accomplishments, made him a very brilliant man in society, and he counted among his friends the finest literati in Rome, London, and the United States.
He knew Thackeray as he knew Curtis and Lowell, and was once dining with him in a London chop-house, when Thackeray said: Have you read the last number of The Newcombs?-if not, I Thackeray said: Have you read the last number of The Newcombs?-if not, I will read it to you.
Accordingly he gave the waiter a shilling to obtain the document, and read it aloud to Cranch and a friend who was with him.
Both mentioned in Hawthorne's Notebook. Cranch could never understand this, for it was the last thing he would have done himself without an invitation; but he enjoyed the reading, an and Kobboltozo, ought not to be overlooked, for the illustrations in them are the only remains we have of his rare pencil drawings, as good, if not better, than Thackeray's drawings.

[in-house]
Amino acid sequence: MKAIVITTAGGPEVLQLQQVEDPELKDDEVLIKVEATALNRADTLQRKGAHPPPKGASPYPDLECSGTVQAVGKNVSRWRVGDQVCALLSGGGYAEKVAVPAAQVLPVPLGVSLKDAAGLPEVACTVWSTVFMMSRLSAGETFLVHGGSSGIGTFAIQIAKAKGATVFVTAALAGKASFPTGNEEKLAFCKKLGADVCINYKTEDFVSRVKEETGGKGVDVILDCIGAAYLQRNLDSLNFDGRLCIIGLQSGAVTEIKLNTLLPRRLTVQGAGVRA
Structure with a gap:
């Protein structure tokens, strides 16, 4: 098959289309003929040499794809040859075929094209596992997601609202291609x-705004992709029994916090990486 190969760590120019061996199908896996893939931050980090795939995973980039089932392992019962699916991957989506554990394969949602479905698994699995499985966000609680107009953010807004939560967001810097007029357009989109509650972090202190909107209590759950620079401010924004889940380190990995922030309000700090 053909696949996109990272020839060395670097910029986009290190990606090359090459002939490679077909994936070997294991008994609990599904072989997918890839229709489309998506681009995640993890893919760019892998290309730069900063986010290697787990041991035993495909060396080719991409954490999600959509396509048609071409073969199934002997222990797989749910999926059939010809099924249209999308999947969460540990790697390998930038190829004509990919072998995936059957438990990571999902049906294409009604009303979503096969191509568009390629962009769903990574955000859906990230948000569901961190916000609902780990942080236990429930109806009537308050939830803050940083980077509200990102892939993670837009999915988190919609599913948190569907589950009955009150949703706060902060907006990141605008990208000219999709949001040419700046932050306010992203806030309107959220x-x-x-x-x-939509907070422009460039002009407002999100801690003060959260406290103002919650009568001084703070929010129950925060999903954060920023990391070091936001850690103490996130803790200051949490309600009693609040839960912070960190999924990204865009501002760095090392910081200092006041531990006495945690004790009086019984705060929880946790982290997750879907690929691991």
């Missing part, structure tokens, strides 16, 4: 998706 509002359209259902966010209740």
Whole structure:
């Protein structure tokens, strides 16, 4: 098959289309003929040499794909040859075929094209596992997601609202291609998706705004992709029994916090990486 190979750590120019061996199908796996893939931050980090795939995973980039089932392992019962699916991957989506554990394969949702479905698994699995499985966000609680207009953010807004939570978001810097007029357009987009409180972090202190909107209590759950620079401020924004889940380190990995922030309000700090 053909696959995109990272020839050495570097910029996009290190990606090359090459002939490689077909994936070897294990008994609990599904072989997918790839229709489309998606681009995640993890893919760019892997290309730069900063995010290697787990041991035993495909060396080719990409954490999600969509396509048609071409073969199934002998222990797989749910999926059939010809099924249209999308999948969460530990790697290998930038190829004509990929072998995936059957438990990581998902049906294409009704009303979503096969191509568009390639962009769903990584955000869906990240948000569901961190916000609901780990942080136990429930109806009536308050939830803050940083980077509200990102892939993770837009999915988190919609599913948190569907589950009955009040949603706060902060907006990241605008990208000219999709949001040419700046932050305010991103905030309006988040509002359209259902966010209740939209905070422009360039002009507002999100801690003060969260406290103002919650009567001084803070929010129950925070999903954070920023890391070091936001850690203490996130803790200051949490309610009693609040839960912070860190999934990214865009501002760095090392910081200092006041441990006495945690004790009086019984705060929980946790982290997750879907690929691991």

It is likely that the parents read these stories with more pleasure than their children; for they not only contain a deal of fine wit, but there i
eds to be a talkative person; one that either acts out his internal life, or indirectly exposes it. Hawthorne's best friends do not appear to have known what his real opinions were.
This perpetual reserve, this unwillingness to assimilate himself to others, may have been necessary for the perfection of his art.
The greater a writer or an artist, the more unique he is,--the more sharply defined from all other members of his class.
Hawthorne certainly did not resemble Scott, Dickens, or Thackeray, either in his life or his work.
He was perhaps more like Auerbach than any other writer of the nineteenth century, but still more like Goldsmith.
The Vicar of Wakefield and the House of the seven Gables are the two perfect romances in the English tongue; and the Deserted Village, though written in poetry, has very much the quality of Hawthorne's shorter sketches.
And tales much older than the ale went round is closely akin to Hawthorne's humor; yet there was little outward similarity